At “proudly,” he noted, the Olympic version of the anthem goes to one of those sad, dark minor chords where majors have long been the norm. He played the standard version and then the Olympic version — standard, Olympic, over and over. Once he pointed out the difference, it was obvious. The Olympic version was conciliatory, maybe even retreating. The standard version was chest-thumping and on the offense.

“It happens again on ‘rockets’ red glare,’” he said, hands on the piano, “and then again on ‘land of the free.’”

There is no official or definitive version of “The Star-Spangled Banner,” and that is no accident. The 1931 bill signed into law by President Herbert Hoover that adopted the song as the nation’s anthem is a model of terseness. It is mum about both lyrics and arrangement, which, said Mark Clague, an associate professor of musicology at the University of Michigan, is one reason the anthem has continued to evolve over the years.

“When Francis Scott Key wrote it, he’d just seen a decisive victory in Baltimore in the War of 1812, which was like a second war of independence,” he said in an interview. “He writes the song in celebration, and it’s played for years with a celebratory feel, up-tempo and light. Only later does it become the song we know, slower and more majestic.”

Clague, who is working on a book about “The Star-Spangled Banner,” did indeed notice the new Olympic take on the song. What struck him most was the way it handled the climactic “land of the free,” which is typically wrung for maximum emotion.

“Here it goes to a minor chord,” he said, “so rather than having that firm, confident expression of the word ‘free,’ you get an unstable, questioning chord. Where you should be feeling victory, you have a question mark.”


Clague sounds less bothered by this take on the anthem. Maybe it is because he knows thousands of versions have been created over the years and he regards the tune as a variety of clay that everyone is free to mold. He also surmises that the arranger was adapting the song for the moment.

“When we play the anthem in the U.S., it’s often all about creating a sense of unity in the country,” he said. “The Olympics is a very different context. We’re really celebrating brotherhood, international cooperation, rather than martial qualities that anthems are often called upon to express. Three flags are being raised, not one. So I think that what has happened here is they’ve softened the song, de-emphasizing the militant aspect and emphasizing the song’s lyrical side, to bring out the community-of-nations idea.”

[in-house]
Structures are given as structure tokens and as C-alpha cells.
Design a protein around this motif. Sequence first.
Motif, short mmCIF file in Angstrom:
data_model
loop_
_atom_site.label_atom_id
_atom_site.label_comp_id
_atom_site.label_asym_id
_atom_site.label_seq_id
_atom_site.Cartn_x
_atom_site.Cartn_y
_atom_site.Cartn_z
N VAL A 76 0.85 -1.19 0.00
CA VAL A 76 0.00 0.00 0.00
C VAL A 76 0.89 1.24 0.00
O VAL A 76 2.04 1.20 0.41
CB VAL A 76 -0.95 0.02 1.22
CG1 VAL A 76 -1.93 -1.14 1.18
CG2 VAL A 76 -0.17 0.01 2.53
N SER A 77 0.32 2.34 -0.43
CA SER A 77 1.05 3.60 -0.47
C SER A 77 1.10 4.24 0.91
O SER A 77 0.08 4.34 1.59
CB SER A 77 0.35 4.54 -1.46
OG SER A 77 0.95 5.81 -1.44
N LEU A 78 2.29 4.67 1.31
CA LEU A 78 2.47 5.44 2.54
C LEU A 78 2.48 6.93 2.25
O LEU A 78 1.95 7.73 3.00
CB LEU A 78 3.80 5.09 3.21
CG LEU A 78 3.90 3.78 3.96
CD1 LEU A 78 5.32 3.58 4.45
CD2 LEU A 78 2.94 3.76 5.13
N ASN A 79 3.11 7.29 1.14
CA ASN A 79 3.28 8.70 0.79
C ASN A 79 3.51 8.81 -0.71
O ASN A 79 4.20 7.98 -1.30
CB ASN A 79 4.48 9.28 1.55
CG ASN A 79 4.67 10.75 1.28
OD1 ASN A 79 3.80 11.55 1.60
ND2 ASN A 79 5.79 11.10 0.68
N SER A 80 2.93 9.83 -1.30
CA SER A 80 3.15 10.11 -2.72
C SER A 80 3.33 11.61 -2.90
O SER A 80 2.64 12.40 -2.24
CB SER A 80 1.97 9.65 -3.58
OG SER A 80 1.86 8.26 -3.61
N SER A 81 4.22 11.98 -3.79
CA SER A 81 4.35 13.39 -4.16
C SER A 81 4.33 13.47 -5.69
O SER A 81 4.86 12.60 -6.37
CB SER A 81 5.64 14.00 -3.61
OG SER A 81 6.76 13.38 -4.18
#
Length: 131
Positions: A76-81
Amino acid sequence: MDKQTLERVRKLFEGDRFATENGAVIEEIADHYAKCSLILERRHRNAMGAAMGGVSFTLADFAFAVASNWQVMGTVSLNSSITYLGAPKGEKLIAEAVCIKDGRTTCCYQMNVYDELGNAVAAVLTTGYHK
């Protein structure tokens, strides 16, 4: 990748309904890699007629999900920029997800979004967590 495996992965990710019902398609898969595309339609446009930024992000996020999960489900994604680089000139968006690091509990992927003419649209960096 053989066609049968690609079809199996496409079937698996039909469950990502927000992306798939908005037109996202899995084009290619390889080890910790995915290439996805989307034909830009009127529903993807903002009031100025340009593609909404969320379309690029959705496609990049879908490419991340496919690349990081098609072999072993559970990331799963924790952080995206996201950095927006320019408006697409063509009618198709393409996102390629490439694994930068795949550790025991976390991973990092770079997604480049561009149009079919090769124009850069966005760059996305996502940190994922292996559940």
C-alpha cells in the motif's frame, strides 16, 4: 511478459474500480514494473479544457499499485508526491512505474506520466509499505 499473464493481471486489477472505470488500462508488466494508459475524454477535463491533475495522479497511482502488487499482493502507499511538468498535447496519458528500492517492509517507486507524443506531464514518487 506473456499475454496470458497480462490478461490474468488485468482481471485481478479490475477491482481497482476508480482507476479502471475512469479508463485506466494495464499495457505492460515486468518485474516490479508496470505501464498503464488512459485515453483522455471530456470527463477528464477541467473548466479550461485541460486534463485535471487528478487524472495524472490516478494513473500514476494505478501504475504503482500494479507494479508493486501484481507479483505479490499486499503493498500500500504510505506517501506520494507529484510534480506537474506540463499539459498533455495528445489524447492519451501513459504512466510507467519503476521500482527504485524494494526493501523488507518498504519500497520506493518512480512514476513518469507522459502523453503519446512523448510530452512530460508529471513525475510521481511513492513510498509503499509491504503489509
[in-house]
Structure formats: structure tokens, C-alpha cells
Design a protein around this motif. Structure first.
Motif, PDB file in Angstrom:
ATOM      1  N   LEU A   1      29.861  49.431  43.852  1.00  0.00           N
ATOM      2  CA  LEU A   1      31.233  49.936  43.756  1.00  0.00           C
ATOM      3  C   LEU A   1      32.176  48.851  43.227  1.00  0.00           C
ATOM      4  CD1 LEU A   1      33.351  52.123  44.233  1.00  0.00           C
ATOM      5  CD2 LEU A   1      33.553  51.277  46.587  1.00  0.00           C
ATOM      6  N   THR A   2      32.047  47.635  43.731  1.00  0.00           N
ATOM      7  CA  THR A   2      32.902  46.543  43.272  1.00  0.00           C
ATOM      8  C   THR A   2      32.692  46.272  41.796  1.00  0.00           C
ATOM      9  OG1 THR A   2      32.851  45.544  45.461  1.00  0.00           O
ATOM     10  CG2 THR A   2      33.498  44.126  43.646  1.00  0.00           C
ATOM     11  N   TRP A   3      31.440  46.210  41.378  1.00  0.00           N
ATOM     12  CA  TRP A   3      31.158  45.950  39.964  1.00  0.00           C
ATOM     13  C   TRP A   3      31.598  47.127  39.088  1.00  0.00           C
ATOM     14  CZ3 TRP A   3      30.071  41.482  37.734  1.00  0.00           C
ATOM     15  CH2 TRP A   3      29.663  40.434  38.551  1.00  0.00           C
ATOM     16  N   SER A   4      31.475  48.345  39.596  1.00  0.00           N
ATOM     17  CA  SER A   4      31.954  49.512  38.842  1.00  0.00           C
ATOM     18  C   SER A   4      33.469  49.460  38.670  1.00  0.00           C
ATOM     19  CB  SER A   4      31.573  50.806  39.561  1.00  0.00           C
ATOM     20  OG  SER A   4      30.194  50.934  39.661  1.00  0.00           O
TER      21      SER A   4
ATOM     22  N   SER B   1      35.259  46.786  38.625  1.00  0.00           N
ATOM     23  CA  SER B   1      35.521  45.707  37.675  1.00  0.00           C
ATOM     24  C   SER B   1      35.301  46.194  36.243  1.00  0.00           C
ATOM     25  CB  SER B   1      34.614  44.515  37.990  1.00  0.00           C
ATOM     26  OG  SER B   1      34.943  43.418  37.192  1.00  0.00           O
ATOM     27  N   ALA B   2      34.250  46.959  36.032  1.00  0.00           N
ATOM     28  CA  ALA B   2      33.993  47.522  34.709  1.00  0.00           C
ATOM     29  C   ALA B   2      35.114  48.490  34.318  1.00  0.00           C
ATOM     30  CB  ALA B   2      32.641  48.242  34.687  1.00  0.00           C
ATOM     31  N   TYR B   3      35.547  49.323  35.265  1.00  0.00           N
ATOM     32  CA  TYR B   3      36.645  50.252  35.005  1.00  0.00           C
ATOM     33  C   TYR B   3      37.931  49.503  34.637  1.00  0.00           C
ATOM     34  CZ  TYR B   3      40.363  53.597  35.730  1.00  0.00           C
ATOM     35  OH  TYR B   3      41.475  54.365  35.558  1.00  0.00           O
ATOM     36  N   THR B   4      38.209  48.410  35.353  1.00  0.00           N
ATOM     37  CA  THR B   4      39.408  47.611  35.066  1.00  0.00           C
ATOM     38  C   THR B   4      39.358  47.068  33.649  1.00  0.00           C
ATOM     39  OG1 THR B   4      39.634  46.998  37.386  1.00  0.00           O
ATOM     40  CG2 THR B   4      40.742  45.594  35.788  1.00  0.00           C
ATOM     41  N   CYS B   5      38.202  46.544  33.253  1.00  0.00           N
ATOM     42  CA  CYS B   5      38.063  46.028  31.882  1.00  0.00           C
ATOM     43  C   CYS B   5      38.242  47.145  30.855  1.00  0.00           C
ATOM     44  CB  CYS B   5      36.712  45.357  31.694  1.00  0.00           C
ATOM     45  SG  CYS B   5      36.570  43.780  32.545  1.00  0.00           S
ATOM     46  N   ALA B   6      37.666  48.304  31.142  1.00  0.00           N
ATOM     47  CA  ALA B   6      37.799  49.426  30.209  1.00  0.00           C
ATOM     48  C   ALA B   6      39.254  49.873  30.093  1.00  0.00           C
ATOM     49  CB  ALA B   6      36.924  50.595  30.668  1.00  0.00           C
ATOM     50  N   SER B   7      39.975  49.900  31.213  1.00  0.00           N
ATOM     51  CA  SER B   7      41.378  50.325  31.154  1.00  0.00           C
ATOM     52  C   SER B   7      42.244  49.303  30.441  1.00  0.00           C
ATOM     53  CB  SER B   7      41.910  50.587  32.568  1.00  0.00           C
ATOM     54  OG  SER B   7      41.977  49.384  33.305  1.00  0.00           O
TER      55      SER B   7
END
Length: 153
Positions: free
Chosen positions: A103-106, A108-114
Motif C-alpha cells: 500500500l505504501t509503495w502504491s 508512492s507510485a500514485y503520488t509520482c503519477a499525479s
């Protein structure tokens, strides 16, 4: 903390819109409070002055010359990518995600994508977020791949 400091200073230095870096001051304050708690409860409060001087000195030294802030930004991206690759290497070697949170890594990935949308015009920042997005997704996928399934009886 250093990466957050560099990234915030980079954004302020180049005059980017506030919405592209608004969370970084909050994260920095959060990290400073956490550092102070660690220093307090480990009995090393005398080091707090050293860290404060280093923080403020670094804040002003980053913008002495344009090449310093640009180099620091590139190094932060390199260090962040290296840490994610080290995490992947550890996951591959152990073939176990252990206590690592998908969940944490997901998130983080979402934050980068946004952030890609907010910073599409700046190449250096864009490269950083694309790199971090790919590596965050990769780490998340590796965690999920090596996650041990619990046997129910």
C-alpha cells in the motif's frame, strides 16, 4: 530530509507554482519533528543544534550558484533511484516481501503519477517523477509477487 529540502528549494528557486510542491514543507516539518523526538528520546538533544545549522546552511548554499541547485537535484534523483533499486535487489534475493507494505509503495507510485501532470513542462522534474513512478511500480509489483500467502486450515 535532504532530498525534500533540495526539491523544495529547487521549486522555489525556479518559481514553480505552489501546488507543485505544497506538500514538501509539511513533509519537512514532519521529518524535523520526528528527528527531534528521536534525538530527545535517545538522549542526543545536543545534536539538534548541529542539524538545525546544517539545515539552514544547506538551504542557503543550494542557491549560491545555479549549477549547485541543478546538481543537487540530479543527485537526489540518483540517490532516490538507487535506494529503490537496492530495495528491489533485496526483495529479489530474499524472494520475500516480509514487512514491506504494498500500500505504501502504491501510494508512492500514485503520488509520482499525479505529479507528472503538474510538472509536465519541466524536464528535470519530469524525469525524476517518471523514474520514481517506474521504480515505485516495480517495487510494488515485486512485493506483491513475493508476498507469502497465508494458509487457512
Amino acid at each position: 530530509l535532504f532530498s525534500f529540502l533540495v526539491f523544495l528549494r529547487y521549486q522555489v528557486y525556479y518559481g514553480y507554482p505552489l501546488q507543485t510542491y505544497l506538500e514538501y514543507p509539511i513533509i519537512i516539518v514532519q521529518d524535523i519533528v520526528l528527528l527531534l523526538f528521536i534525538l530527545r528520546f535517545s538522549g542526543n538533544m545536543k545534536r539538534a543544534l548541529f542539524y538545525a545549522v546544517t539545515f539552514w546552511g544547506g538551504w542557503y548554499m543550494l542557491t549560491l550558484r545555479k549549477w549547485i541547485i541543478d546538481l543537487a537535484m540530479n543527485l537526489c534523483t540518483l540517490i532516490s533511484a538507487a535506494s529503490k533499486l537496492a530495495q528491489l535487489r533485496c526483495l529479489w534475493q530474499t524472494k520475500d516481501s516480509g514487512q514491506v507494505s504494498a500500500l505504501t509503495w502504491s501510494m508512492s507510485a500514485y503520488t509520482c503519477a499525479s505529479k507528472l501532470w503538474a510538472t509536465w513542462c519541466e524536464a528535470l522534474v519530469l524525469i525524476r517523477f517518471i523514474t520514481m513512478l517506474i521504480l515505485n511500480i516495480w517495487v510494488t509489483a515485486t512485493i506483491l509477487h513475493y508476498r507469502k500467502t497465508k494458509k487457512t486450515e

The United States Olympic Committee said it was not responsible for submitting the anthem to Olympic organizers. The group that is running the Rio Games said it would look into the origin of the United States anthem being played here.

This version may not be making its Olympic debut. According to DeBord and Clague, the version heard here in Rio was also used at the 2014 Winter Games in Sochi, Russia, and the 2012 Summer Games in London. Those were in the key of C major and were 70 seconds long.

During a medal ceremony, Shazam, the song identification app, tagged the track as “The London Philharmonic Orchestra & Philip Sheppard.”

If this rendition originated in London, where did London get it?

As it happens, a 2012 YouTube video shows the ambitious effort undertaken in the lead-up to the London Games to record new arrangements of more than 200 national anthems.

That project was led by Sheppard, a British composer, cellist and professor at the Royal Academy of Music whose website states that he has scored more than 30 films and worked with David Bowie, Jeff Buckley, the Weeknd and many other recording artists. In the video, he is seen conducting the London Philharmonic Orchestra at Abbey Road, the studio made famous by the Beatles.

Sheppard could not be reached Wednesday.

“The anthems serve a particular purpose at the Olympics,” he tells an off-screen interviewer in the video. “That is namely to get the flag up the pole during the gold medal ceremonies.”